Owlish Contemplations · Whispers of Faith

How to Be Single – Hollywood’s Playbook or God’s Playbook?

There’s a movie coming out in February called “How to Be Single” (conveniently right before Valentine’s Day). How do I know this? Because the Internet knows all about me (including my relationship status) and popped that little trailer into my Facebook newsfeed, thinking I would be all into it.

I will admit, the first time I saw the title I thought – “Hey! That movie is for me!” And then I watched the trailer. And my heart was – saddened? Sickened a little? Greatly disturbed? All of the above … as I realized this was a movie about how to be single according to Hollywood’s playbook. And it angers me that this kind of message is being pushed on a generation who will end up thinking that’s the only way to do it.

It’s actually not the only way to do it. In fact, I truly believe that if you follow Hollywood’s playbook on how to be single instead of God’s, you will end up – not with the “fun” they promise, but with regret, emptiness, and a string of bad memories.

God hasn’t kept me single for the past 10 years without teaching me a few things along the way about “how” to do it. And while I certainly haven’t mastered the art of being single, I hope and pray that every day I’m single I will honor Him more with my life.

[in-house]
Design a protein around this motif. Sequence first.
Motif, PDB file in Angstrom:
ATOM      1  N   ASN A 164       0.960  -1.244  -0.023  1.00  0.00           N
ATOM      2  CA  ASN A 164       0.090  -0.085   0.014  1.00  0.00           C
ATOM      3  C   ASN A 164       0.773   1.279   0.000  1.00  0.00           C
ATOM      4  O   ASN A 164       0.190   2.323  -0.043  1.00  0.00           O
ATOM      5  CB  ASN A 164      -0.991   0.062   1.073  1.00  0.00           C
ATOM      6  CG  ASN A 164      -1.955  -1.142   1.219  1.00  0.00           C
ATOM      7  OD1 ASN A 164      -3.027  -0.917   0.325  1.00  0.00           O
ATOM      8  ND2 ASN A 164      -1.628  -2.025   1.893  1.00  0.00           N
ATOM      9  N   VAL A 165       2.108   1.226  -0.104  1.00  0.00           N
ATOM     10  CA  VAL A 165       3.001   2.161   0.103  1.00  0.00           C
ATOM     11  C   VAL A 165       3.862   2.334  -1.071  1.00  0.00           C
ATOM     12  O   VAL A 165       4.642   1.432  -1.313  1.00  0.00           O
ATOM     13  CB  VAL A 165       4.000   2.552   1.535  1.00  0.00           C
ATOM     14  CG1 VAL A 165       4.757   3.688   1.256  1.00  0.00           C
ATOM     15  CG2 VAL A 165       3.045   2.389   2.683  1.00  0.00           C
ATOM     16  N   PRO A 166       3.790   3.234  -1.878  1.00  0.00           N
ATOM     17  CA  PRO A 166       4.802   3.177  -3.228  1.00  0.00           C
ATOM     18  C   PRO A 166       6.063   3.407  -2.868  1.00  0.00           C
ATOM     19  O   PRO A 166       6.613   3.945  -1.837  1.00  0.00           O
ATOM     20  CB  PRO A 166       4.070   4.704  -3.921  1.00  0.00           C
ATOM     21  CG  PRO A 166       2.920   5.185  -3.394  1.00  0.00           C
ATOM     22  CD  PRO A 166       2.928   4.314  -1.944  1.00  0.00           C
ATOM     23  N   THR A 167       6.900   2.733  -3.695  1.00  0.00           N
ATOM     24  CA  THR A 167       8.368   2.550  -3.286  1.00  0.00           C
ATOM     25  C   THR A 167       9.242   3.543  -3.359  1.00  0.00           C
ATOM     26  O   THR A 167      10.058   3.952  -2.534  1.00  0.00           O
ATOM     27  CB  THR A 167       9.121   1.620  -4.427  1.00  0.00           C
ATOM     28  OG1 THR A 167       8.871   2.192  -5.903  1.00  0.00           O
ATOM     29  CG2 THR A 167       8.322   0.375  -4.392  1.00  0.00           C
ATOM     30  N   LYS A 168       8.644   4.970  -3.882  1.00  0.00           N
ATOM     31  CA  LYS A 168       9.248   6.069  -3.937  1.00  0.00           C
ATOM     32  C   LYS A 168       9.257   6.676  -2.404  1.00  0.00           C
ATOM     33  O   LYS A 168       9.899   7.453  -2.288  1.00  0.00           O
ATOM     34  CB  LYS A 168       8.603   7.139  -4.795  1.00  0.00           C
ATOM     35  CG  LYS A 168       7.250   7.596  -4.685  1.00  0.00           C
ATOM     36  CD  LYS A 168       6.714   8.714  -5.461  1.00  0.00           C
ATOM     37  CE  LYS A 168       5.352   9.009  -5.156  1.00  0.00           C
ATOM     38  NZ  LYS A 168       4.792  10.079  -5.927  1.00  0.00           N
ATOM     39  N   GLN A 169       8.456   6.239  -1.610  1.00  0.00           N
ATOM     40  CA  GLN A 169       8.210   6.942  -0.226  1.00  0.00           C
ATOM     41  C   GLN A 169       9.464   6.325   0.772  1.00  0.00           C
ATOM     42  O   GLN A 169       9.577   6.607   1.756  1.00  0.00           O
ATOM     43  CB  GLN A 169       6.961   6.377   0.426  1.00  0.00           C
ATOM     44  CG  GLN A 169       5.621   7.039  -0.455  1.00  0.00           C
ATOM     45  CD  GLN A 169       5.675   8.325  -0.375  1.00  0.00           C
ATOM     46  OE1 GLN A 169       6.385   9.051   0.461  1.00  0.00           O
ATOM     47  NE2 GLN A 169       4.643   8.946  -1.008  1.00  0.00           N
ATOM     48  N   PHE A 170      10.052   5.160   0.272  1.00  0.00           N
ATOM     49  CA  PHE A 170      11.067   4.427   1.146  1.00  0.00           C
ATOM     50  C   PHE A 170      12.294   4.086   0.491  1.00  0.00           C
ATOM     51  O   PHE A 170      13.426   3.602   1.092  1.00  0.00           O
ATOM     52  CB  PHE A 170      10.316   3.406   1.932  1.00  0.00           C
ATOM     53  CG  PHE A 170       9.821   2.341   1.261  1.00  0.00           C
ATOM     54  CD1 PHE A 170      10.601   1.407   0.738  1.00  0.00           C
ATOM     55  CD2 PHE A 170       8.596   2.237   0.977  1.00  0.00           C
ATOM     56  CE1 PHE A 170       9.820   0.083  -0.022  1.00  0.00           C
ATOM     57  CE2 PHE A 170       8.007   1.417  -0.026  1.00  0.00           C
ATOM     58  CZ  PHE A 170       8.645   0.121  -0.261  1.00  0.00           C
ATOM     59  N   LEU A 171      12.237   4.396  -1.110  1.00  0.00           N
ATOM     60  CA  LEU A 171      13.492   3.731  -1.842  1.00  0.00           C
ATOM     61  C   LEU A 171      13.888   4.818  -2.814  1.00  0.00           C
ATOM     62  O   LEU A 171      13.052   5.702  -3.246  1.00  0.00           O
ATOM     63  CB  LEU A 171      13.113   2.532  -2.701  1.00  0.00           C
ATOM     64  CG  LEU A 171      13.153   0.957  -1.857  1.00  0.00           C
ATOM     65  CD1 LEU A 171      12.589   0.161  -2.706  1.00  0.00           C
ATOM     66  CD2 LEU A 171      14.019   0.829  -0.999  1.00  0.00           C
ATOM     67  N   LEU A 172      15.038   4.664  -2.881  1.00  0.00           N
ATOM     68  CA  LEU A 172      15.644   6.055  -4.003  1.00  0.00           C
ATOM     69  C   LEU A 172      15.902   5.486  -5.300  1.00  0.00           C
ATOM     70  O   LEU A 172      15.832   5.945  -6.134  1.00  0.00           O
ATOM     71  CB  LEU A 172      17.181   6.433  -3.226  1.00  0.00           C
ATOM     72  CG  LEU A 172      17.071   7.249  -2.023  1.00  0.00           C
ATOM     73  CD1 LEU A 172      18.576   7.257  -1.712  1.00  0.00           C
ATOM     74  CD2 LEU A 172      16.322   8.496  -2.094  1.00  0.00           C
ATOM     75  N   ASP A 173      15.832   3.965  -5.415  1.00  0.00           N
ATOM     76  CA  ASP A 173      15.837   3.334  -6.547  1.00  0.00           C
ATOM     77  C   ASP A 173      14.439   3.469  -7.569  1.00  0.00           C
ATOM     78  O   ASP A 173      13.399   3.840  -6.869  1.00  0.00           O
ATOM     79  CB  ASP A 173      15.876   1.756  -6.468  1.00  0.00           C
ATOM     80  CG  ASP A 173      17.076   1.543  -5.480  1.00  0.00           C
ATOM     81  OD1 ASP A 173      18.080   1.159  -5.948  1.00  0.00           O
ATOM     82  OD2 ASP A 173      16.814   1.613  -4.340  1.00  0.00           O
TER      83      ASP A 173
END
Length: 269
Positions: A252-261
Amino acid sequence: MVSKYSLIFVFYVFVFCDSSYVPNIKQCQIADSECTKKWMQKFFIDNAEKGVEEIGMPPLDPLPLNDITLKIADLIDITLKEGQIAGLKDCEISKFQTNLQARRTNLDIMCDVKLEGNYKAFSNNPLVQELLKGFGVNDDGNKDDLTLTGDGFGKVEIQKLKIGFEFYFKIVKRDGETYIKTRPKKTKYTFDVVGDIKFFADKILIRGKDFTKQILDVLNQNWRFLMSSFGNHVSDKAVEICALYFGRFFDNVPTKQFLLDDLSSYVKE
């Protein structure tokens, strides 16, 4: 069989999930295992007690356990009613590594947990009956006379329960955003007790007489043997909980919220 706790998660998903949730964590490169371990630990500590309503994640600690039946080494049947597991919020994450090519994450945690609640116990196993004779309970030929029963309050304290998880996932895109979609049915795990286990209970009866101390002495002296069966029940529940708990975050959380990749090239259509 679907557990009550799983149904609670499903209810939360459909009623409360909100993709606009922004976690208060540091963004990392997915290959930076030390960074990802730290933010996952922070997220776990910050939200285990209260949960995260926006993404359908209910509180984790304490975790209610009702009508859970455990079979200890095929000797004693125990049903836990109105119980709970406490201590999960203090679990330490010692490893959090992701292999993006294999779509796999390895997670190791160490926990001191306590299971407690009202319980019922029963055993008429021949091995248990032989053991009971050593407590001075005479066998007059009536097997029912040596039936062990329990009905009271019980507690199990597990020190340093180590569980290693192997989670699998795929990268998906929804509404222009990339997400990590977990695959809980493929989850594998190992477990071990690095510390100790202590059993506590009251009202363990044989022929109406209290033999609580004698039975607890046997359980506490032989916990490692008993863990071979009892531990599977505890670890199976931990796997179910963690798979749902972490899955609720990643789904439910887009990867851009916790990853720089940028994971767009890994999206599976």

So in humbleness and grace … a few things I’ve learned about how to be single according to God’s playbook:

1. Use Your Freedom Wisely
Hollywood says, “Look at you! You’re single – that means you’re free to have sex with as many different people as you want!” No commitment, no strings, no regrets – right?? Well – wrong. Yes, no commitment to all the different guys you pick up in bars and wake up to the next morning, quite possibly not remembering how you got there. But no regrets? That’s not the way the heart or the soul works.

Hollywood is amazingly good at this lie – this lie of portraying happy people on the screen who can sleep together and then move on with their lives as though nothing happened except some “good times.” But the truth is that God created the union of flesh to be intertwined with the union of souls – and even if you are able to get up and walk out of someone’s house and leave them behind, you’ve permanently left a part of your heart with them.

It cheapens the gift and deadens the soul when you enter into the sacredness of God’s plan of sex within marriage lightly, casually, and superficially.

Certainly this was not the purpose God had in mind when he gave single people so much freedom with their time. 1 Corinthians 7:34 confirms this – “An unmarried woman or virgin is concerned about the Lord’s affairs: Her aim is to be devoted to the Lord in both body and spirit. But a married woman is concerned about the affairs of this world – how she can please her husband.”

If God has given us a stage of singleness in our lives, it’s so that we can be devoted to Him in both body and spirit. He knows the temptations that will come for our bodies to be united to another’s body. He knows the temptations that will come for our spirit to be attached to and loved by another’s spirit. But He desires that we run to Him in our temptations instead of temporary fixes. He desires that we learn the devotion that can only come without the distractions of marriage and children. Will we ignore this beautiful opportunity in our haste to have our longings satiated by physical pleasures?